[vc_row][vc_column][vc_column_text]In a 2013 TEDxMidAtlantic talk, a robot wheels onstage, displaying the face of Henry Evans, a mute and paraplegic technology enthusiast located 3,000 miles away. In 2002, Evans, a former Silicon Valley executive, suffered a stroke at age 40 that left him unable to move or talk.
Gradually, Evans began using various technologies to translate his slight head motions to a computer cursor, allowing him to speak through an electronic voice and navigate the Internet. But in 2010, Evans found himself wanting more. That year, he began to collaborate with California-based open-source robotics company Willow Garage and other researchers to develop Robots for Humanity (R4H), which aims to adapt robots to assist the severely disabled. Through R4H, Evans has learned to fly drones and maneuver an armed, wheeled robot called PR2 (below) as his surrogate, allowing him to take tours of remote locations and shave himself for the first time in 10 years.
[/vc_column_text][/vc_column][/vc_row][vc_row][vc_column width=”1/1″][vc_single_image image=”5149″ img_size=”full”][/vc_column][/vc_row][vc_row][vc_column width=”1/1″][vc_column_text]“R4H is about using technology to extend our capabilities, fill in our weaknesses, and let people perform at their best,” Evans says.
The allure and promise of robots—physical machines able to perform tasks with some degree of autonomy and intelligence—have long captured the human imagination. From space exploration, to factory work, to home cleaning and companionship, robots have the potential to make our lives easier. And as electronics have steadily improved while dropping in price, more robots are moving into the marketplace for consumers.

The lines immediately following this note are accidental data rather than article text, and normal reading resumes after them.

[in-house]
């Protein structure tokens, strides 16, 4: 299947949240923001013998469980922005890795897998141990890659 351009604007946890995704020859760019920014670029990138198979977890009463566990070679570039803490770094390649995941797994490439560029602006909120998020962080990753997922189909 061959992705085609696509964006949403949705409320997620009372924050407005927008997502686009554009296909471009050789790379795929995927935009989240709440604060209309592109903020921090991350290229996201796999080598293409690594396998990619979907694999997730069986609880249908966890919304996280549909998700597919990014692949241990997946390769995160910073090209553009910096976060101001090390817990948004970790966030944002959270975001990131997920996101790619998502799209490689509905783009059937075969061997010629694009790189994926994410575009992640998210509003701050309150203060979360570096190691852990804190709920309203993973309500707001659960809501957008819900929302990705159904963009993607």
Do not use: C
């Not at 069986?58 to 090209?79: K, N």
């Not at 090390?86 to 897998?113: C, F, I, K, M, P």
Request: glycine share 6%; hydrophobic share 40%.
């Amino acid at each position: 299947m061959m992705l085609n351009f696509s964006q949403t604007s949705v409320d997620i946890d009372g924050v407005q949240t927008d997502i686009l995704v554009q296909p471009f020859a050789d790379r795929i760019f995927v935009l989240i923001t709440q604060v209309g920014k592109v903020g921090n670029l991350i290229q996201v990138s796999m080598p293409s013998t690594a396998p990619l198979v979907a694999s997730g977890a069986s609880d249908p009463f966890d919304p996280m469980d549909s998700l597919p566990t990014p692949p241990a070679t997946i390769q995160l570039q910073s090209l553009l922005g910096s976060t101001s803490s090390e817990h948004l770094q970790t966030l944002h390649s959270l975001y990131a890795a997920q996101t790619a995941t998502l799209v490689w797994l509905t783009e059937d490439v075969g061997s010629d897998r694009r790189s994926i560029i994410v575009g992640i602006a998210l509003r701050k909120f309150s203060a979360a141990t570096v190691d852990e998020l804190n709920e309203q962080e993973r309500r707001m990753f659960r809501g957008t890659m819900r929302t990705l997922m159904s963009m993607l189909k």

“The field of human-robot interaction (HRI) is poised to revolutionize society over the next 40 years in the same way computing did over the last 40 years,” says Chad Jenkins, an associate professor at Brown University who specializes in HRI and who works with Evans through R4H.
Healthcare robots for consumers, in particular, are picking up stride. As the overall population of the world ages, the number of elderly, ill, or disabled people requiring healthcare is growing fast. Rather than rely on an overwhelmed group of caretakers and specialists, robots may be able to fill the gap to connect people to the services they need, such as providing virtual check-ups, assisting with physical tasks, and even offering emotional support and encouragement.
To read the rest of this article, published in IEEE Pulse, please click here.[/vc_column_text][/vc_column][/vc_row]